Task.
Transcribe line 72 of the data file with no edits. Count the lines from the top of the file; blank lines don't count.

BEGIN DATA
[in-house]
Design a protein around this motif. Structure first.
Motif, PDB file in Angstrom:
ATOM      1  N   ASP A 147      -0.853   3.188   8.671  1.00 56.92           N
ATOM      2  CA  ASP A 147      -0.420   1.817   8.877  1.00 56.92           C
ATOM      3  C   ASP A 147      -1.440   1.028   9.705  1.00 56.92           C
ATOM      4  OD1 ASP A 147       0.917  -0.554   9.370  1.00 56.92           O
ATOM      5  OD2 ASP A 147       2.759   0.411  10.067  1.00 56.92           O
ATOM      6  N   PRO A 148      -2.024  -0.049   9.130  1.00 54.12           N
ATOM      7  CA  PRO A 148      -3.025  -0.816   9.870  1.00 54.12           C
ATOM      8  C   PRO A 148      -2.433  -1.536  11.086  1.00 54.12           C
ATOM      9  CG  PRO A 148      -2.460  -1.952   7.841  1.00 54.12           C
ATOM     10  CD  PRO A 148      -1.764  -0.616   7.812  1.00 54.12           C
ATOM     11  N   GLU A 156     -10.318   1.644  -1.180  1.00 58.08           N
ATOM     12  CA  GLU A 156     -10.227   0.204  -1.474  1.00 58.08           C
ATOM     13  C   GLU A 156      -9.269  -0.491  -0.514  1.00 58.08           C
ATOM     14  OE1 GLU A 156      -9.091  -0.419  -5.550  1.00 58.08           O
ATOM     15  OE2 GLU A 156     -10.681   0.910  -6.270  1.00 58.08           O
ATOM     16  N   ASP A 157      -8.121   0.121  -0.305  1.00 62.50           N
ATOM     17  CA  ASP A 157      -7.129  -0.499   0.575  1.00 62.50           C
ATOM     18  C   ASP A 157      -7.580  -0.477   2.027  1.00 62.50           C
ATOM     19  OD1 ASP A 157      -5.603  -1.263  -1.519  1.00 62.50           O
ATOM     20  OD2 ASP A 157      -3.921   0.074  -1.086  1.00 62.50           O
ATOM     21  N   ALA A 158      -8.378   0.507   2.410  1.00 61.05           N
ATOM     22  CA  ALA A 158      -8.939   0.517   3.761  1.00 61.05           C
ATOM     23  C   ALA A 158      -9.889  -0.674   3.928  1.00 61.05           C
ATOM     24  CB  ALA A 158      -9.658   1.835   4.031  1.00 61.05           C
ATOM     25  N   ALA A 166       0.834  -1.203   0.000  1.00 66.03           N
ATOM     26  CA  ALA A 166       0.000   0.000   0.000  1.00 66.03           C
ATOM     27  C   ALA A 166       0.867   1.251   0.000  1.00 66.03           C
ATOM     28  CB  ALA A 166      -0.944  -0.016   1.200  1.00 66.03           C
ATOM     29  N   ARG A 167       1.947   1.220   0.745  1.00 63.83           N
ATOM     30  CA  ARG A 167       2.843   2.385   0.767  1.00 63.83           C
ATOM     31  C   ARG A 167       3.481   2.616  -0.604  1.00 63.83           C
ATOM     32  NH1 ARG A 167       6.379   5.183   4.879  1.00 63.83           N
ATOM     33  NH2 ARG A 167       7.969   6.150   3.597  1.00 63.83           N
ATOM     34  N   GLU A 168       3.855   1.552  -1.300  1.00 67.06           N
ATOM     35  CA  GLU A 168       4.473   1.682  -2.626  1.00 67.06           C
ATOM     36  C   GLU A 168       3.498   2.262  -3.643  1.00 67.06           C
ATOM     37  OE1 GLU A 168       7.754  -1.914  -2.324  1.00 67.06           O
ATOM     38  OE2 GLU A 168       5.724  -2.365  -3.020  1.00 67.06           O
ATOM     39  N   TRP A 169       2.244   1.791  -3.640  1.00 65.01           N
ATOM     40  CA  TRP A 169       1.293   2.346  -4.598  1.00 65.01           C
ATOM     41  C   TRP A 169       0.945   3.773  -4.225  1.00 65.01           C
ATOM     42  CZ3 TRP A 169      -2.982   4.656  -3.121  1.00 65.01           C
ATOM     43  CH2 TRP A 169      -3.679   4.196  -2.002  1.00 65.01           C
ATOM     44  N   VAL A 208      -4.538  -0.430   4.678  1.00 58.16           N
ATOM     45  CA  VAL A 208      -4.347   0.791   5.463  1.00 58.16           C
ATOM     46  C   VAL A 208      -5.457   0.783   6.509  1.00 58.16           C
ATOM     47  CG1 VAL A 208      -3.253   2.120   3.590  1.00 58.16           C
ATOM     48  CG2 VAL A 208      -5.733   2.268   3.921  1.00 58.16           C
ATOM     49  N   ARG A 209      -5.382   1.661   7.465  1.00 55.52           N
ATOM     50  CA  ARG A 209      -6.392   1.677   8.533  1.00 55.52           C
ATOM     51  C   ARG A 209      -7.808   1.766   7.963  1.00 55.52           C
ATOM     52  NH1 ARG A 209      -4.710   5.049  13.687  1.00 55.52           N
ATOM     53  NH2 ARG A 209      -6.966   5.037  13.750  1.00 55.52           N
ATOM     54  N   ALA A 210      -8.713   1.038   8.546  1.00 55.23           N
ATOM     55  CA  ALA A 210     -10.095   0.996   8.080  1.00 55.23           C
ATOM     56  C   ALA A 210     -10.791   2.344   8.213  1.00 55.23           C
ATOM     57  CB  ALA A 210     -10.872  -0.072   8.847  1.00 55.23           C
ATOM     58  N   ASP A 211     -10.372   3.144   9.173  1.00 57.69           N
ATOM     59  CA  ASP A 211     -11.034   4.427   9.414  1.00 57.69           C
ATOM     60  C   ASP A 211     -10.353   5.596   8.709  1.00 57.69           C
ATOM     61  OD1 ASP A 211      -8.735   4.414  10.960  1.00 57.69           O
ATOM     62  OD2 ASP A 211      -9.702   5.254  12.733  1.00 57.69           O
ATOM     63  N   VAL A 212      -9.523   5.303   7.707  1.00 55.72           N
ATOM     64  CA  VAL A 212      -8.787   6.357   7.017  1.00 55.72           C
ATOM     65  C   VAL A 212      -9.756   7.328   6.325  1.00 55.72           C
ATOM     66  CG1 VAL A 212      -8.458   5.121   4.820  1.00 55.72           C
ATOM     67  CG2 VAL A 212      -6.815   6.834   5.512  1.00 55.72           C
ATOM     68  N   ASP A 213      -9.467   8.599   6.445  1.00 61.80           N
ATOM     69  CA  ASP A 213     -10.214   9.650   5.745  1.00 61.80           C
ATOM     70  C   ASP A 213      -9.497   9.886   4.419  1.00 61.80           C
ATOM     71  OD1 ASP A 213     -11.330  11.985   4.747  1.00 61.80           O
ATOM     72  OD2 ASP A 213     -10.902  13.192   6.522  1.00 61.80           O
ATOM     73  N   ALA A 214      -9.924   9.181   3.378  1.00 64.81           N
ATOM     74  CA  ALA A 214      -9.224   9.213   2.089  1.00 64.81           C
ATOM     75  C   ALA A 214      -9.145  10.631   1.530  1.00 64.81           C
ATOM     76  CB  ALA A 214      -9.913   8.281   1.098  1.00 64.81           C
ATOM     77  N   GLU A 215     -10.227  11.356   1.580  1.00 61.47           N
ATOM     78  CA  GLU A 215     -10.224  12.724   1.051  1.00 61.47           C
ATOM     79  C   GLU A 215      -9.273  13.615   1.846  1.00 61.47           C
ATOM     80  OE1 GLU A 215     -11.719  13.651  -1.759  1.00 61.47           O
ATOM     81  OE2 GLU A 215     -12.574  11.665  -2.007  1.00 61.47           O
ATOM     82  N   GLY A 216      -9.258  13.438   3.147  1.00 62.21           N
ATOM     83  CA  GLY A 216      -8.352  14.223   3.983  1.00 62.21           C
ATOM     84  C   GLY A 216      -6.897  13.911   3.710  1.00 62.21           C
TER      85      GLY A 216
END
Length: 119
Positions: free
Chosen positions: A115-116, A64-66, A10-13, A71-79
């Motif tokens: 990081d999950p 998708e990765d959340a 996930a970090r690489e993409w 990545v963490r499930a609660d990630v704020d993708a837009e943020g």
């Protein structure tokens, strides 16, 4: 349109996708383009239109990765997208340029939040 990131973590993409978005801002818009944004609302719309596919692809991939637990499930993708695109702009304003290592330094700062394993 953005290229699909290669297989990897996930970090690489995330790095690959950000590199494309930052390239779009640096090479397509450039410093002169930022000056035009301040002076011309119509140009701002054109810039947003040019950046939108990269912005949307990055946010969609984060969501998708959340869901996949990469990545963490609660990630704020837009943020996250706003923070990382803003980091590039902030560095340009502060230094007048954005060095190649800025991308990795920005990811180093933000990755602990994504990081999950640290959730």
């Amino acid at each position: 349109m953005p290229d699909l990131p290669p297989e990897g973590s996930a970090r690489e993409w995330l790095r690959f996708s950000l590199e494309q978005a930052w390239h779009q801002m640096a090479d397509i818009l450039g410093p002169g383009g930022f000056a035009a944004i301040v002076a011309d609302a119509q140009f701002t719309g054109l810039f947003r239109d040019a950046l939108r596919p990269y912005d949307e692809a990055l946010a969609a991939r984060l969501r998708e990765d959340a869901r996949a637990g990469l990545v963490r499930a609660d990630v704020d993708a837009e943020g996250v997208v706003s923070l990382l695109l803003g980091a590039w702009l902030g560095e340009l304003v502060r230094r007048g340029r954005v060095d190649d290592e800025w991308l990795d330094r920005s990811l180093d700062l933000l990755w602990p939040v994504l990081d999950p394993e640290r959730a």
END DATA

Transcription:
ATOM     69  CA  ASP A 213     -10.214   9.650   5.745  1.00 61.80           C